PH govt looking to assist airfare of affected Dynasty workers

Staff of Rep. Edwin K. Propst helped bring donations to former Tinian Dynasty Hotel Casino employees at the docks in Lower Base yesterday. The donated goods will be brought to Tinian by SN-5 Shipping Company. (Contributed Photo)

Staff of Rep. Edwin K. Propst helped bring donations to former Tinian Dynasty Hotel Casino employees at the docks in Lower Base yesterday. The donated goods will be brought to Tinian by SN-5 Shipping Company. (Contributed Photo)

The Philippine honorary consul to the CNMI said yesterday that the dozens of Tinian Dynasty Hotel and Casino employees without power and on rationed food are “status-less” and have not been paid money by their hotel employer for the last eight payrolls.

Honorary consul Glicerio Arago says they met with about of 50 of about more than a hundred of these Filipino employees last Saturday to “calm down our kababayans or countrymen” after the Commonwealth Utilities Corp., who is owed around $1.3 million by TDHC, cut power to the hotel barracks on Friday.

Arago encourages the employees, given their dire circumstances, to leave home to the Philippines.

“I know some of them don’t want to leave because they have kids here. And others they want to wait for the liquidated damages and back wages that they are supposed to receive—but there is no definite schedule yet when the money can be released. So that is one of the problems.”

“We are arranging their airfare—either through help of the Philippine government or” the new investor in the Dynasty hotel, Hong Kong Entertainment.

“…we are waiting for a list for those who would be willing to leave,” Arago added.

Power in their housing units have been shut down and the current fuel for the generator is only good for a week since CUC power was cut off last Friday, Arago said.

And according to the barracks caretaker, he added, they have one month supply of meat but if there is no power, this sets food up to spoil.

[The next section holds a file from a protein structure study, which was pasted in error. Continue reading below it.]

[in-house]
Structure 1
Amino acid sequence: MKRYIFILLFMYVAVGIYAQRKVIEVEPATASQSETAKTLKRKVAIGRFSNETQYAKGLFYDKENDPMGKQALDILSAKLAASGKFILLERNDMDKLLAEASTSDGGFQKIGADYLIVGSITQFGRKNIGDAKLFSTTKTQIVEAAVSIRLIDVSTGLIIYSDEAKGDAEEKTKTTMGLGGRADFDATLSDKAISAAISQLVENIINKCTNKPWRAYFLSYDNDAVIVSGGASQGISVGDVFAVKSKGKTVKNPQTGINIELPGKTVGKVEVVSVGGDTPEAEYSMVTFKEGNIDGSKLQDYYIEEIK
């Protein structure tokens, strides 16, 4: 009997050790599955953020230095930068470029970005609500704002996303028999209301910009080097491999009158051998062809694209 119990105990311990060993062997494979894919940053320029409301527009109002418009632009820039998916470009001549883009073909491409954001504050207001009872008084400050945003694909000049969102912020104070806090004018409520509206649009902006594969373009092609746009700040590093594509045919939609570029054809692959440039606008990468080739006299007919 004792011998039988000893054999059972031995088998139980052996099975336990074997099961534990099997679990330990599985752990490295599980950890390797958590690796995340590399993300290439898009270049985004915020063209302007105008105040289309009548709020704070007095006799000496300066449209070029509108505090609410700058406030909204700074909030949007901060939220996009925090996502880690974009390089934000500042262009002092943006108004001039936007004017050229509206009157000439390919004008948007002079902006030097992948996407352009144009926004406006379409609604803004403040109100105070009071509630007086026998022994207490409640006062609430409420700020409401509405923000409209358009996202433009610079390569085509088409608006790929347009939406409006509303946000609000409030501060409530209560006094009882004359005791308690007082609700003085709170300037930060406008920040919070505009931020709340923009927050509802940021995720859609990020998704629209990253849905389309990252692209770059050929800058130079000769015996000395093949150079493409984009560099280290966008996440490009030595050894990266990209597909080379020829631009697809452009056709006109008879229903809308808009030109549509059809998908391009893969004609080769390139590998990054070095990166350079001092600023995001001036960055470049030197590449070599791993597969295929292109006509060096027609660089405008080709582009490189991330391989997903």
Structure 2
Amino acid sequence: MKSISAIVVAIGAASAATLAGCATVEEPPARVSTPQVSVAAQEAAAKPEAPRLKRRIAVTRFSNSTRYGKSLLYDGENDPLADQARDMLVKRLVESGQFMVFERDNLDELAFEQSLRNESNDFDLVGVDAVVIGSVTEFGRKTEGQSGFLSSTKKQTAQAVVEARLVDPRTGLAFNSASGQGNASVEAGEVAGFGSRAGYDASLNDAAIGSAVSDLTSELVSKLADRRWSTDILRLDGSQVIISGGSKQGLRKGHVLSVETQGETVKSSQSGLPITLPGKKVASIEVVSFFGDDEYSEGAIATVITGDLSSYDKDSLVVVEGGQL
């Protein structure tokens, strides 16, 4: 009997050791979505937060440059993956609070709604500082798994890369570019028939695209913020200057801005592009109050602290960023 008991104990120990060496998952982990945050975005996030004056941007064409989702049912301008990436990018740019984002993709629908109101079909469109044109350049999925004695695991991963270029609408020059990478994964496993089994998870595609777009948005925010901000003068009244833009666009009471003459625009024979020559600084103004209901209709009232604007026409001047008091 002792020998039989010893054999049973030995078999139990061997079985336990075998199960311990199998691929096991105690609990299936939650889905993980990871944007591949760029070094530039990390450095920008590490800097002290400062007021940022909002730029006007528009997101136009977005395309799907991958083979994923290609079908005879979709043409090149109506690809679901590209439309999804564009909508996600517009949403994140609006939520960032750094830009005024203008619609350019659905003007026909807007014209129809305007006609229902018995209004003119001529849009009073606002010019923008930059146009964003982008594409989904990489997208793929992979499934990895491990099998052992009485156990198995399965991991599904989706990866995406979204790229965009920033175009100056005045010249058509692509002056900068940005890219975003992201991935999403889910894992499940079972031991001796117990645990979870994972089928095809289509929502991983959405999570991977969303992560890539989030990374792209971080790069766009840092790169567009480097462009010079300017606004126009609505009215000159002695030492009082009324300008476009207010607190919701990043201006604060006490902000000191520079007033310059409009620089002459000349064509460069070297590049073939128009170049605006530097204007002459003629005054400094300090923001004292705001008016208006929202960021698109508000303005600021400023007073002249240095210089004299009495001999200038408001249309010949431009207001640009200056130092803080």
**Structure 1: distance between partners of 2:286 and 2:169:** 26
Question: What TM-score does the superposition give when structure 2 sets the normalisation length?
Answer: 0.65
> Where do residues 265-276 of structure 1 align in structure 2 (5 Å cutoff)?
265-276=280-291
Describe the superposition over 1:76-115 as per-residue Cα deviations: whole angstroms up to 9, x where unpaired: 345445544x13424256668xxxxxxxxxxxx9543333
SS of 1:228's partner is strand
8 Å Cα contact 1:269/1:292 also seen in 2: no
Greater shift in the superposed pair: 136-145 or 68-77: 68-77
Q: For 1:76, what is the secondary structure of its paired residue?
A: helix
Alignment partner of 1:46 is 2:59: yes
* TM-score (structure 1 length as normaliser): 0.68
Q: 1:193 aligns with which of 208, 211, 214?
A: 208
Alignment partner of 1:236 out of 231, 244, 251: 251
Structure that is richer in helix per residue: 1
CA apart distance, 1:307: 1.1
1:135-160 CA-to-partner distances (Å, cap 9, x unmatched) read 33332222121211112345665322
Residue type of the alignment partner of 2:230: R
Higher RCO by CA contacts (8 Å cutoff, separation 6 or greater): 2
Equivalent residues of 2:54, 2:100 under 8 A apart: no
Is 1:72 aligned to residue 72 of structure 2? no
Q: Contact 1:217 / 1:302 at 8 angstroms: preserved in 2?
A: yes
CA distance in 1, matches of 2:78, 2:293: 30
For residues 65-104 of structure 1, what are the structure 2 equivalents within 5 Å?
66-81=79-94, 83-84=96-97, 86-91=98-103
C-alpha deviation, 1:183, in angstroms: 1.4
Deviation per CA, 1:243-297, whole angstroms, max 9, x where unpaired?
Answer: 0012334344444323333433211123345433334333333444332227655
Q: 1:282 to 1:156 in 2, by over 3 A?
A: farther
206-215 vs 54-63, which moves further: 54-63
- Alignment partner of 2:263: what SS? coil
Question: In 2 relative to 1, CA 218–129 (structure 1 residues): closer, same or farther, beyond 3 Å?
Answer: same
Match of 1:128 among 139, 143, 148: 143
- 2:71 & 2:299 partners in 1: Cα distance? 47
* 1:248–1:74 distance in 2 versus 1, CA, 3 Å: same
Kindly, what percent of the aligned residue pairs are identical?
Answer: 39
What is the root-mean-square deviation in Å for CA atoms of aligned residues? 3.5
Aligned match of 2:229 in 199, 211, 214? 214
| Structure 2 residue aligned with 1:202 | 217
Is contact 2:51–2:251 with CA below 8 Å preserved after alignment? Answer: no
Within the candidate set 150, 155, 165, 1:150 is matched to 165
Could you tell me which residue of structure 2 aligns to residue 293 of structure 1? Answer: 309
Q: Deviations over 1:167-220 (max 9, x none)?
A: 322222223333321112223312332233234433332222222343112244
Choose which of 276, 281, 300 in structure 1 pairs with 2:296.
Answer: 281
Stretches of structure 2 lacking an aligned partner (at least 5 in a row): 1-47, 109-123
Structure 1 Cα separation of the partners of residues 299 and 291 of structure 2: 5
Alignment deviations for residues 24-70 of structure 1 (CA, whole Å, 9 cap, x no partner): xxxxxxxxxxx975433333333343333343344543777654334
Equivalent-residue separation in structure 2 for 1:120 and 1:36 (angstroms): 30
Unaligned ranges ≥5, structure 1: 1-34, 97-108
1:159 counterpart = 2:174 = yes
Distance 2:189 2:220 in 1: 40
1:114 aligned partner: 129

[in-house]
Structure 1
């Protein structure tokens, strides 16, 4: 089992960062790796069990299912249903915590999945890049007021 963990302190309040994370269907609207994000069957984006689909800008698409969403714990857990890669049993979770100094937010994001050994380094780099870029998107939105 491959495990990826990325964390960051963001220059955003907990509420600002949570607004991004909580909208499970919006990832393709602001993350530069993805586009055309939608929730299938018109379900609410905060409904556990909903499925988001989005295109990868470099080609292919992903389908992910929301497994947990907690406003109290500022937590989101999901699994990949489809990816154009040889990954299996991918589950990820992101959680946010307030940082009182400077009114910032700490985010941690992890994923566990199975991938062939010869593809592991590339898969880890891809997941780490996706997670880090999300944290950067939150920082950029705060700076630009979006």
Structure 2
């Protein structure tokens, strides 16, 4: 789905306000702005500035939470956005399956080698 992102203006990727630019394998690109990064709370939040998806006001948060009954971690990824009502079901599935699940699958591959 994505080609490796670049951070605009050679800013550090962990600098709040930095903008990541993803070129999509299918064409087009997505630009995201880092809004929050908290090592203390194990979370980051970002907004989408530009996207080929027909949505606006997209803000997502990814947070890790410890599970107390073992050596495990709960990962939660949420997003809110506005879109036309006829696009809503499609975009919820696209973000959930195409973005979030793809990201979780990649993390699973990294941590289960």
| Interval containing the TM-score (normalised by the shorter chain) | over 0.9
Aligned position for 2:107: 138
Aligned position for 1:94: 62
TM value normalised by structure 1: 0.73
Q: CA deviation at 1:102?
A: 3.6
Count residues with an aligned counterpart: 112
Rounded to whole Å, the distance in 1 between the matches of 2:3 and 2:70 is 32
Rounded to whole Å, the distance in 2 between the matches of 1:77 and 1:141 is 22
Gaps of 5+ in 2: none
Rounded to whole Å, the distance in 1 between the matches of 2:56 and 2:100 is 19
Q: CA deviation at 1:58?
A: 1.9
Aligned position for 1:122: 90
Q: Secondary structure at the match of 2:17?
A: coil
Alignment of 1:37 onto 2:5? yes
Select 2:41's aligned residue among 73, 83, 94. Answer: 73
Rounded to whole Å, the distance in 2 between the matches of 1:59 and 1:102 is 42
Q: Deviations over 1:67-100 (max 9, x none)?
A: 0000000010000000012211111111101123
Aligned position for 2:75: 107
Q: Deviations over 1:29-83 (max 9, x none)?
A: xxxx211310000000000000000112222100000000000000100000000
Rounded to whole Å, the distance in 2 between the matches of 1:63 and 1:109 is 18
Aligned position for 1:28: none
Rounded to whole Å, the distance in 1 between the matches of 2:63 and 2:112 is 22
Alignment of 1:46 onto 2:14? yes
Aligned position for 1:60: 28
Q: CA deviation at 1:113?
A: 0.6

“I told them that it’s really hard to wait when there is no definite timeframe, unless they can do something and get a job here. But the problem is—how can they get a job if they don’t have status? They really need to go home and apply. That’s what I told them.”

“Especially for those who really want to come back,” he went on to say. “If they can find an employer and go home and apply, I think they have a chance to come back.”

Arago says the affected employees have not have status since the end of 2014. Renewals were filed but denied by U.S. Citizenship and Immigration Services, and the workers continued working at the Dynasty while their employer filed an appeal, he said.

Workers have informed Arago that there have been about eight payrolls missed for hotel employees.

He assures that if employees chose to go back to the Philippines they will be contacted if a settlement comes through on their owed money.

“Rest assured those back wages will be sent to the right party when the decisions comes or when there is final decision on the matter.”

Arago said he planning to visit Tinian again this Saturday. He said they’re soliciting from organizations, like the United Filipino Organization, and other stakeholders to contribute to the workers’ plight.

As this developed yesterday, community groups and businesses continued to donate goods for shipping to Tinian at the SN-5 Shipping Company in Lower Base.

Tinian Mayor Joey San Nicolas had written to the local Red Cross and The Salvation Army for much needed donations to assist the affected worker on Monday.

Rep. Edwin K. Propst’s (Ind-Saipan) office helped bring donations yesterday from organizations like CORE CNMI and other donations from the community, amounting to “two truckloads” of donations to the dock site at Lower Base.

The donations consisted mostly of hygiene items like water, toilet paper, and toothpaste, Propst said.

“We are still collecting,” Propst told Saipan Tribune yesterday. Propst can be reached at 287-7883.

Dennis B. Chan | Reporter
Dennis Chan covers education, environment, utilities, and air and seaport issues in the CNMI. He graduated with a degree in English Literature from the University of Guam. Contact him at dennis_chan@saipantribune.com.

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